Coral Jewelry

Coral jewelry can be worn as beads, cabochons, cameos or carvings. Coral, which is the exoskeleton of an animal called coral polyp, lives in warm oceans and has been harvested and turned into coral jewelry for many centuries. These polyps exude calcium carbonate to create their protective home that evolves into branches that may be several inches to several feet long, but are not always thick.

Coral jewelry comes in a variety of colors ranging from white to pink to red to blue and black. Oxblood red is one of the most valued in red coral jewelry. It has been traced back to 3000 B.C. Salmon coral is another variety that is also quite popular. More rare are the black and blue varieties of coral from Hawaii and Cameroon. Some coral jewelry may contain specimens that have been bleached and dyed.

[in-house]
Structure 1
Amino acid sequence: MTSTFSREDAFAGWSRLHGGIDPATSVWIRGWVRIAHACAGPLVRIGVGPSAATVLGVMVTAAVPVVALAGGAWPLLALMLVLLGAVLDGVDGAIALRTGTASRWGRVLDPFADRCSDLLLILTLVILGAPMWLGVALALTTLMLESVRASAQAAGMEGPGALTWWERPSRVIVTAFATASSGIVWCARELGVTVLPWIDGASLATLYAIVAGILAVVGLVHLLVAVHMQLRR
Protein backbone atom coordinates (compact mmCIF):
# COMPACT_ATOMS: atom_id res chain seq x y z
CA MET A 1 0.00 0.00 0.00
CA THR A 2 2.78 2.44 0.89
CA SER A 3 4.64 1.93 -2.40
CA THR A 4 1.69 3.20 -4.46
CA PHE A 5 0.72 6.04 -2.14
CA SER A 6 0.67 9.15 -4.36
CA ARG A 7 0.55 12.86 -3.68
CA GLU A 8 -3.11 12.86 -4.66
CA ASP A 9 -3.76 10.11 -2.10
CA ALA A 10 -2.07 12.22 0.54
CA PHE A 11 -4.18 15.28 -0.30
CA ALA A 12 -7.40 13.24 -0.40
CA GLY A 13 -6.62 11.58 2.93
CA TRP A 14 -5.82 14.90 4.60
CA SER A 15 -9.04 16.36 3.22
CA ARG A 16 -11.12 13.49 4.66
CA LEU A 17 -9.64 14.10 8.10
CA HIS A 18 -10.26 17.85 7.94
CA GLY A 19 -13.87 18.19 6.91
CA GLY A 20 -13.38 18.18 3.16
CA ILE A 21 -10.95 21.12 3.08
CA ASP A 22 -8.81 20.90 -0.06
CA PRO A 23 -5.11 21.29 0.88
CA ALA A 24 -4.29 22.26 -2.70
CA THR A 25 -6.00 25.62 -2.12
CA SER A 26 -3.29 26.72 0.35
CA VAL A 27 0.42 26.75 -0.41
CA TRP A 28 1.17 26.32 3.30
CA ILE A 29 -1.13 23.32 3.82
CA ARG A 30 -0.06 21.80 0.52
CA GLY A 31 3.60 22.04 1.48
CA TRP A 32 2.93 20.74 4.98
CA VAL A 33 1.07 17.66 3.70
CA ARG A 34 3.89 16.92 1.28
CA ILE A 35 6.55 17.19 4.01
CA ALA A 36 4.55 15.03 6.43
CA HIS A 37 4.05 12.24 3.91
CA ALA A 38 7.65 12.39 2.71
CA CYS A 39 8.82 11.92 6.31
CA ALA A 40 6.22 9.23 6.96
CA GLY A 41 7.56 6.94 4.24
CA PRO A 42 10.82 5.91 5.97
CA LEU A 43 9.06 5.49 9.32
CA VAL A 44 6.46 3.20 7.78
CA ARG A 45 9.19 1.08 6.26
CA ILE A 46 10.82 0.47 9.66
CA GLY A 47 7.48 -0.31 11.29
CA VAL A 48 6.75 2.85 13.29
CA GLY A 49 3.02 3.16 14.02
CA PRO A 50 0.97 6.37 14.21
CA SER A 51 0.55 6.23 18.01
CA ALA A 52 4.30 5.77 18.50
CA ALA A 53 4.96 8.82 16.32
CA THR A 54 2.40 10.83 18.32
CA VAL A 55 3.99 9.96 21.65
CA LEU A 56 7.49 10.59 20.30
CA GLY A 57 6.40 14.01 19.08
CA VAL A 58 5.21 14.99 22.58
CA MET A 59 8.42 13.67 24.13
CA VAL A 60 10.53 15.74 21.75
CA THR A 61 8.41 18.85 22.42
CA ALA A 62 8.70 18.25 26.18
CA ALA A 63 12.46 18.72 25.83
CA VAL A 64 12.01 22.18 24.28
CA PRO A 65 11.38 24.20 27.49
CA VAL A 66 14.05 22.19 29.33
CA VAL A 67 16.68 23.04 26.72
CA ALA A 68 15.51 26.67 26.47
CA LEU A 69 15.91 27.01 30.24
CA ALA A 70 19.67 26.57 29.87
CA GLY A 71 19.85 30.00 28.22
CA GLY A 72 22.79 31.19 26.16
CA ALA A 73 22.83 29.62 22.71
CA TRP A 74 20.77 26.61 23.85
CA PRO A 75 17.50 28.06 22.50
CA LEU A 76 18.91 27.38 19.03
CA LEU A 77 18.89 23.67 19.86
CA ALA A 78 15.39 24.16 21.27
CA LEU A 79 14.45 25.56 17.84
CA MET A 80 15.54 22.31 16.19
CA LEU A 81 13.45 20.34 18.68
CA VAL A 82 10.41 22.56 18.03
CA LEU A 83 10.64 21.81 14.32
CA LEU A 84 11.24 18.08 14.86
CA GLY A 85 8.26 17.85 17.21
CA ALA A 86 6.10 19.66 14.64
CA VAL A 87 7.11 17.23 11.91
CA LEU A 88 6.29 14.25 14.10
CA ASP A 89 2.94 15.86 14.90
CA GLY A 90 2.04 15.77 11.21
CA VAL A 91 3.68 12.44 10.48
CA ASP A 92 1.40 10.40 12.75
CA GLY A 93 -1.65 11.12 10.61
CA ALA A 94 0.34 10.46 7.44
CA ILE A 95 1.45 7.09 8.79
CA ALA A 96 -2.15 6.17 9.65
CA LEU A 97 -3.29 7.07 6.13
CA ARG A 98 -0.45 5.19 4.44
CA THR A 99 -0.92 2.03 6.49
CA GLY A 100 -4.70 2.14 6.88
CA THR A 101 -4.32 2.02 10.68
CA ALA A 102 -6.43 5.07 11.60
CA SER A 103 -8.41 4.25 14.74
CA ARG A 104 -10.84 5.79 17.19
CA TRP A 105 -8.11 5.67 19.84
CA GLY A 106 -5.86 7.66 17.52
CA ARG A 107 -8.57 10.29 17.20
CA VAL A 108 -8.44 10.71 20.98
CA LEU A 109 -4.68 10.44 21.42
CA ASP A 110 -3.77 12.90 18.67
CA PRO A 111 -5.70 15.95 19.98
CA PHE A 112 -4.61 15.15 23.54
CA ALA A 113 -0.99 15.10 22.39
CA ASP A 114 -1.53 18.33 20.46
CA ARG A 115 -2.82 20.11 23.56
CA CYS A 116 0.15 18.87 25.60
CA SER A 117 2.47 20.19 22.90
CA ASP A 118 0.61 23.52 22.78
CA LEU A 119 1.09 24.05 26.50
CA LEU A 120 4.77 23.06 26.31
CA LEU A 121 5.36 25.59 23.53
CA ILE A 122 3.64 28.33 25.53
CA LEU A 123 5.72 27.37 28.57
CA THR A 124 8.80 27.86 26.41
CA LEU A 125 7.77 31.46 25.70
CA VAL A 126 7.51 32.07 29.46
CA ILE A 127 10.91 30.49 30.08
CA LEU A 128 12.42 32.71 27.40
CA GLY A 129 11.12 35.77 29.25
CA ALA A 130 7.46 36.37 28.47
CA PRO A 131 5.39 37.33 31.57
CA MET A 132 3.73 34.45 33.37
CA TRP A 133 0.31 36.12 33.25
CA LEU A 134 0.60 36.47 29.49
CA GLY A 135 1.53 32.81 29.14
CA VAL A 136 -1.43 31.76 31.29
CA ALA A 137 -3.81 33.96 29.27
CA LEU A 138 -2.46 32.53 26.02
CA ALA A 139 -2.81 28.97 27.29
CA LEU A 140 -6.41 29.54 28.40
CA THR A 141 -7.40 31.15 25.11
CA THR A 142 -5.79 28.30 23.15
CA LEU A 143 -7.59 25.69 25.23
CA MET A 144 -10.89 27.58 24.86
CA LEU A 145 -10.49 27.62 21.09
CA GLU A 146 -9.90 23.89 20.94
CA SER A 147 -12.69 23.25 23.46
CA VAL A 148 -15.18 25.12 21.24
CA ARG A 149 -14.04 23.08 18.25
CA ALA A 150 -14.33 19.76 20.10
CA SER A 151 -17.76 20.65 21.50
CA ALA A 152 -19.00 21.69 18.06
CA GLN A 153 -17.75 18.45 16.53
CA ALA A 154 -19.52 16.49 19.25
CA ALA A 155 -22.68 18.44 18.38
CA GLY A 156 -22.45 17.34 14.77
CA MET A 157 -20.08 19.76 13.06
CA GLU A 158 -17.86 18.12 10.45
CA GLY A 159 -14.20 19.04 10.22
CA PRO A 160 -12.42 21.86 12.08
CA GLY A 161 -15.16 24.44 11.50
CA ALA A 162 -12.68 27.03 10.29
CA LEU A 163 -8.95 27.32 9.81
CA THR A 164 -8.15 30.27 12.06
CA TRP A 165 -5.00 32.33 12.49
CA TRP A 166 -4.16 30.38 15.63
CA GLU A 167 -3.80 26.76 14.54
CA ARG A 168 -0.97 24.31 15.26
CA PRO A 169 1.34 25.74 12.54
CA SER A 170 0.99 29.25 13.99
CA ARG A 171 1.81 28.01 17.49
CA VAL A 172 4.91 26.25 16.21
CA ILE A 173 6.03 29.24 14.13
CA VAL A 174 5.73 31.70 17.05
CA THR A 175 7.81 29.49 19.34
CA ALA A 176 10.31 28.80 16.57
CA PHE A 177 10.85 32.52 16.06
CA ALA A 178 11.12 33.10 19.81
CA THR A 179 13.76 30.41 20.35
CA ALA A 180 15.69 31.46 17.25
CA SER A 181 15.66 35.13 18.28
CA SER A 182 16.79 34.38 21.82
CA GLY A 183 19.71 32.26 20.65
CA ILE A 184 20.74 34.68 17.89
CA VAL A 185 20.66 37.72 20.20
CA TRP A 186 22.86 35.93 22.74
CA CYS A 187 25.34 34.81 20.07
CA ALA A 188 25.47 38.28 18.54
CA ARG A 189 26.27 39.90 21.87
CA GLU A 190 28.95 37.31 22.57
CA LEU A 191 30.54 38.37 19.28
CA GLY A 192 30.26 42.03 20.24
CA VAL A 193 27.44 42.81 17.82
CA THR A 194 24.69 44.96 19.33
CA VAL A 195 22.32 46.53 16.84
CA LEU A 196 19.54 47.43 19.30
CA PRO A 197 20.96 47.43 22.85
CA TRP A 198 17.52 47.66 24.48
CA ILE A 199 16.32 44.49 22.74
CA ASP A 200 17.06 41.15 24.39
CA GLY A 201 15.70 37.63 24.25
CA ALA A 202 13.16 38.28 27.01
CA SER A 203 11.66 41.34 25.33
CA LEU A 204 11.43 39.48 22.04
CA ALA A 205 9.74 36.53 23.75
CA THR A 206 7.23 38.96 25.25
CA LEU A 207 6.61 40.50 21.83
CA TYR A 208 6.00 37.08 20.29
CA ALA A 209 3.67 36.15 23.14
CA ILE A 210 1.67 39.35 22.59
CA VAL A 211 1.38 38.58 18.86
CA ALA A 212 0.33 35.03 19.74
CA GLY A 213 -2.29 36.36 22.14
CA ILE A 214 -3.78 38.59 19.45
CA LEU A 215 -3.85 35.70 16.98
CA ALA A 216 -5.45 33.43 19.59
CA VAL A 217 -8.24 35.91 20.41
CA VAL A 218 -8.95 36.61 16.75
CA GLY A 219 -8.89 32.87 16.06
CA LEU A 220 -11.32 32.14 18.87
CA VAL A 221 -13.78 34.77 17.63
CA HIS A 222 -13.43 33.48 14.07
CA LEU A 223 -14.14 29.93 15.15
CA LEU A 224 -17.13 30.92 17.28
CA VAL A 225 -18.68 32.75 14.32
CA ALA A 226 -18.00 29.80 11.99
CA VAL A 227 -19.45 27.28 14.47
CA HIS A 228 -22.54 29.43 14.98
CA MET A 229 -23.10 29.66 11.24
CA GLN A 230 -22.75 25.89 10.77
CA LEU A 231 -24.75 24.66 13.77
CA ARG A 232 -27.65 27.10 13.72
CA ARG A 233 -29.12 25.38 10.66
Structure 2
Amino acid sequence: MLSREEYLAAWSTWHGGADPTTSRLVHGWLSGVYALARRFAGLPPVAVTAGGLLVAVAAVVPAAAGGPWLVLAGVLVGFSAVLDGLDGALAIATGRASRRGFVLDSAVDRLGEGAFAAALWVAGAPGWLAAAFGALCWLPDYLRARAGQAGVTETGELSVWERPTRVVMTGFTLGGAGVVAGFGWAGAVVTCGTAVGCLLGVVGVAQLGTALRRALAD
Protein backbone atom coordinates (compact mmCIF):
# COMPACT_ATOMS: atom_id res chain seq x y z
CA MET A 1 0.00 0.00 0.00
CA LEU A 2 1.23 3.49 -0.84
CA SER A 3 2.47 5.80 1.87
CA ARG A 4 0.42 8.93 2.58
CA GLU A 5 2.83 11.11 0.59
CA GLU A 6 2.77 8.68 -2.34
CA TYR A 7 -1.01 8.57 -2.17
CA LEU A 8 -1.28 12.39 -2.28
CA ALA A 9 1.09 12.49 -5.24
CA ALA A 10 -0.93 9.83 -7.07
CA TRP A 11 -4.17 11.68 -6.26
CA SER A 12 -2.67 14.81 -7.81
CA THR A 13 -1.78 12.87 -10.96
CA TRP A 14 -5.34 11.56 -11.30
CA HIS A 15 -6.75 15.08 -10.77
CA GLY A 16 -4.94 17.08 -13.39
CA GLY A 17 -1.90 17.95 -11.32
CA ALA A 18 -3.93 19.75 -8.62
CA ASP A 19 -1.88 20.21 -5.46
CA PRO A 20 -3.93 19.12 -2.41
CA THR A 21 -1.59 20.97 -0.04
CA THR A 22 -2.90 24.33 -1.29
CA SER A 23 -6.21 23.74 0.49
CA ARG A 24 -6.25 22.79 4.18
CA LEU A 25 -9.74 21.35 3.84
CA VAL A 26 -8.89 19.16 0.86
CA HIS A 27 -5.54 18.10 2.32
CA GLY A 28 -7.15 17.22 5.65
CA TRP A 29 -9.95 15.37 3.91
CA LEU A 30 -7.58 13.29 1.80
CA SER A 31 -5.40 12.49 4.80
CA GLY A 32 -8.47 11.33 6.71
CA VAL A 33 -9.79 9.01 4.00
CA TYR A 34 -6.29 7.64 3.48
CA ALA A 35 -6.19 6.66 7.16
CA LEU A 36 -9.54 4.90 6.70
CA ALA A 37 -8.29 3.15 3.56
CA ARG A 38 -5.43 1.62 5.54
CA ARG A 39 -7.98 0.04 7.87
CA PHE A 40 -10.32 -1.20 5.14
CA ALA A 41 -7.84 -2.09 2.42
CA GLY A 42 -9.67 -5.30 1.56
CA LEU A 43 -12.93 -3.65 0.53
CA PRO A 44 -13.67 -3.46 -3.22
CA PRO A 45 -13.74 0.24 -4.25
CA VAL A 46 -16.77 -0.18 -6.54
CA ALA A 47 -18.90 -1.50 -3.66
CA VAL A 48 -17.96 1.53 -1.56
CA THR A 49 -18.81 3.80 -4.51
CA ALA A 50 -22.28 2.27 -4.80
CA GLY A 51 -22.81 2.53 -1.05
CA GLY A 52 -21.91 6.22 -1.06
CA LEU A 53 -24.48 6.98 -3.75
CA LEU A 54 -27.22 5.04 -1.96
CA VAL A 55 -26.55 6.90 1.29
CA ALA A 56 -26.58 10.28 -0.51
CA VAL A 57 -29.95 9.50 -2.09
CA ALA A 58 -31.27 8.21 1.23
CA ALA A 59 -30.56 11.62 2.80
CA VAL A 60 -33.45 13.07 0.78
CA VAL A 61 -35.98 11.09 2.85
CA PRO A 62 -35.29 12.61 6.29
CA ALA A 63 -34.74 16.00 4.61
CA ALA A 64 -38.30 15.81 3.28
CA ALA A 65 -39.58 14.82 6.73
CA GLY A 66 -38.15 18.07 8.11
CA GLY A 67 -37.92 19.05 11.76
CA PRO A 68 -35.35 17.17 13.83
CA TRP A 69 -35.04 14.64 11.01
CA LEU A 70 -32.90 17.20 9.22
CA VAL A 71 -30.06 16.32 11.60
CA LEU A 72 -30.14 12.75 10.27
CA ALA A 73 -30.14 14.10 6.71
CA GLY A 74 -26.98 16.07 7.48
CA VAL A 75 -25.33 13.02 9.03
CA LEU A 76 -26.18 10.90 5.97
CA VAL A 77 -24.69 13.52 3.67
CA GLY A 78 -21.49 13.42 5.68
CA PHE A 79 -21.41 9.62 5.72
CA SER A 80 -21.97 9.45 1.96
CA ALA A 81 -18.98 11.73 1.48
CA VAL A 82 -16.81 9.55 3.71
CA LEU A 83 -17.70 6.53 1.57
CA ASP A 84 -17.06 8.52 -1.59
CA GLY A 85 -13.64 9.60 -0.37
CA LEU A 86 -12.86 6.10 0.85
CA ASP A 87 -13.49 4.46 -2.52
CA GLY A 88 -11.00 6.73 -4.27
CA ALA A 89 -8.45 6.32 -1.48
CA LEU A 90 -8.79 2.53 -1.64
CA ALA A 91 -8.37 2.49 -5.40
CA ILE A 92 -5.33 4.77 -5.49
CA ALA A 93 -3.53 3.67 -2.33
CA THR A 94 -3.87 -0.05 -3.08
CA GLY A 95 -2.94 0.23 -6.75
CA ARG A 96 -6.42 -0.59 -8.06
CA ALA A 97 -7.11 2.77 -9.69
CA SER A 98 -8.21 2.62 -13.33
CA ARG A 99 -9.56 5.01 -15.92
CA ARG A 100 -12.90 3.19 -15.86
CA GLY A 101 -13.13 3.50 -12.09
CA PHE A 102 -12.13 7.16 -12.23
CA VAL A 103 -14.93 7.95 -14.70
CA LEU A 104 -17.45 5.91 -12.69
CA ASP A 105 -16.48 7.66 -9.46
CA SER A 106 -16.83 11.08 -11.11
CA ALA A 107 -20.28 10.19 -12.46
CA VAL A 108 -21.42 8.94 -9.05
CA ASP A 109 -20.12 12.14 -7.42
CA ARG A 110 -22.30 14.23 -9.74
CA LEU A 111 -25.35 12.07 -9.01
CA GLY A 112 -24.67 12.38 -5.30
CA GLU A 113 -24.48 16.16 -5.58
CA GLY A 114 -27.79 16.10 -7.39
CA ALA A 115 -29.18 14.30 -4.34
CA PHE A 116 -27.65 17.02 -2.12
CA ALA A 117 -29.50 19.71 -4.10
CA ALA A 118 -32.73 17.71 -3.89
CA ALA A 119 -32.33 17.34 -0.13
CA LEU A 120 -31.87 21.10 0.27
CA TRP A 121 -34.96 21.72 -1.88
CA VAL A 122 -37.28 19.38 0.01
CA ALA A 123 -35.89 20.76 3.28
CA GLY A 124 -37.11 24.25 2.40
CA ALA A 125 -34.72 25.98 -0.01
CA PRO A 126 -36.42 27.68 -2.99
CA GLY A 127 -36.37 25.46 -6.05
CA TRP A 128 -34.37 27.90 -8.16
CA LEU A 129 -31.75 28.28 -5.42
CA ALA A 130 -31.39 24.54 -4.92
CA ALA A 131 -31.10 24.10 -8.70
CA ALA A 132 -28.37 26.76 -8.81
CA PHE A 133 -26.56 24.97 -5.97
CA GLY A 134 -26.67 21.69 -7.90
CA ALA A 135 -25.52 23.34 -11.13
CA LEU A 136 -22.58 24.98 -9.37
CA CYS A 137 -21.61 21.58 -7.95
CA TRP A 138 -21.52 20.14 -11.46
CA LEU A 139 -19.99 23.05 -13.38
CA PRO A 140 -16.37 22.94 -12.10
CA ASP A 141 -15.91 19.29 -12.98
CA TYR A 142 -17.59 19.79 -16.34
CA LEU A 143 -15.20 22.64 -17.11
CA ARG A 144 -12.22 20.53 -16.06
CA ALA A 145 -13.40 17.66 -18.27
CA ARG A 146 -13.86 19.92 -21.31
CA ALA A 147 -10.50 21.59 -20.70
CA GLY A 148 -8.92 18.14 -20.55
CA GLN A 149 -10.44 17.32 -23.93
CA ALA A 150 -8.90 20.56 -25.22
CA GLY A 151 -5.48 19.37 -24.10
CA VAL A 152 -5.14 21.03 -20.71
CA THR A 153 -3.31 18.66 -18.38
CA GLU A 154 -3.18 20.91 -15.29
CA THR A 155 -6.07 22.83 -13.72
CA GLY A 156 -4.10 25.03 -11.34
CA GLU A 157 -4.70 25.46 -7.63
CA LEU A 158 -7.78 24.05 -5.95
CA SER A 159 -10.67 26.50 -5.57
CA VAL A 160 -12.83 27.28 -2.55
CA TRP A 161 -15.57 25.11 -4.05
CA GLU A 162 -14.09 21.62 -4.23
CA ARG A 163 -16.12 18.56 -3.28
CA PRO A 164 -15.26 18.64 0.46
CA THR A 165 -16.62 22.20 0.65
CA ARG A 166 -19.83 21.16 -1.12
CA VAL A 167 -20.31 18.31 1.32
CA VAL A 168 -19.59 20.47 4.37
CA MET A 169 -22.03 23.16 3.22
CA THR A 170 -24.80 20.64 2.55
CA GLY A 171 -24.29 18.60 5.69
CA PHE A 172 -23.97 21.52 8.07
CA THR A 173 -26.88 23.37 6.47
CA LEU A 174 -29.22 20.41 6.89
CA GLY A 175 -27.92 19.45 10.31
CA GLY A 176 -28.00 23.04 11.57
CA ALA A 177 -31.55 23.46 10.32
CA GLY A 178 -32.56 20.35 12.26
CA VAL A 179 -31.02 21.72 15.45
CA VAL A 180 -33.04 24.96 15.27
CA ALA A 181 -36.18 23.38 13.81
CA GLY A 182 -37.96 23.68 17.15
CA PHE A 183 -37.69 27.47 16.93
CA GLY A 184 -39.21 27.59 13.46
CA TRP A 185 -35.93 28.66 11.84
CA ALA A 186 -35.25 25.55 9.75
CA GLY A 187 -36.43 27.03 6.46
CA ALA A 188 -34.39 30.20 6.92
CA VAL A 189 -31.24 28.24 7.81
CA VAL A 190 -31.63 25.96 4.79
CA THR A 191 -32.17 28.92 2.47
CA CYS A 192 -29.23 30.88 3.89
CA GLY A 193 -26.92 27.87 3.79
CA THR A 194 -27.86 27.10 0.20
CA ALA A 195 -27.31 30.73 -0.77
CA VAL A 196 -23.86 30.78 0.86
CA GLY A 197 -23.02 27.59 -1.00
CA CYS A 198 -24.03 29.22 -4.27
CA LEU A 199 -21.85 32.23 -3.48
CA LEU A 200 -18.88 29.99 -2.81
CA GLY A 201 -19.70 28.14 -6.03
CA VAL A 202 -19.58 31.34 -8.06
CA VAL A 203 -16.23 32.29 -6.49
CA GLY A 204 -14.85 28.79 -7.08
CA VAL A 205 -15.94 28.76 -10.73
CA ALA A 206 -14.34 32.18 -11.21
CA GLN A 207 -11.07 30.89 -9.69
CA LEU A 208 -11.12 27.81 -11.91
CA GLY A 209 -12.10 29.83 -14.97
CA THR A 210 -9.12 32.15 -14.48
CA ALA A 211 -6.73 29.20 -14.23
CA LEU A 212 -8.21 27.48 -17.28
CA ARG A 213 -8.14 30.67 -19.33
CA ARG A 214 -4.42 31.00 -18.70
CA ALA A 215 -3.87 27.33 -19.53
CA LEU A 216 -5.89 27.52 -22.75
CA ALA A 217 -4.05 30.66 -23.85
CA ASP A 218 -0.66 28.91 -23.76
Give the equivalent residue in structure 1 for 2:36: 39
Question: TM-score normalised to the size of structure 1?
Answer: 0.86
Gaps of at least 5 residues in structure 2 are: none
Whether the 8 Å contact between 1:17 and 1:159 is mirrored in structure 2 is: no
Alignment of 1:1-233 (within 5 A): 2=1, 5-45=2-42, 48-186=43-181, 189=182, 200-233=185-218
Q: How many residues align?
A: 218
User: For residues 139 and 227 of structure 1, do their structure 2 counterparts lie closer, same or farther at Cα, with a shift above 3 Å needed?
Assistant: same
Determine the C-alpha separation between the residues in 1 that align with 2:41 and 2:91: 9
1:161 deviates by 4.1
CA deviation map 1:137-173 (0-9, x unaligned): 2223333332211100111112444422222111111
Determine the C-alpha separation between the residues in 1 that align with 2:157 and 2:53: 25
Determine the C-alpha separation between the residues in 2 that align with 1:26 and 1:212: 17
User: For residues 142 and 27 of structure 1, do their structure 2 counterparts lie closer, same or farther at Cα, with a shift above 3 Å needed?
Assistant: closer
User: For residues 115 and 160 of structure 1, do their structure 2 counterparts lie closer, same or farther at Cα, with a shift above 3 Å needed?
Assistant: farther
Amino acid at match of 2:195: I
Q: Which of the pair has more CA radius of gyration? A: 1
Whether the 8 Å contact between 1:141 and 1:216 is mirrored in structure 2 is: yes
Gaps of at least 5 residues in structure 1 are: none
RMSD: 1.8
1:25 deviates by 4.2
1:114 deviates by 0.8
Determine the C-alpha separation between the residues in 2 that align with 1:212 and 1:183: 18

Moh's scale of hardness classifies coral as having a hardness of 3.5-4. This is relatively soft and can be scratched with a metal object fairly easily. Your coral jewelry should not be cleaned with abrasive gem cleaner, but rather warm water and a polishing cloth.


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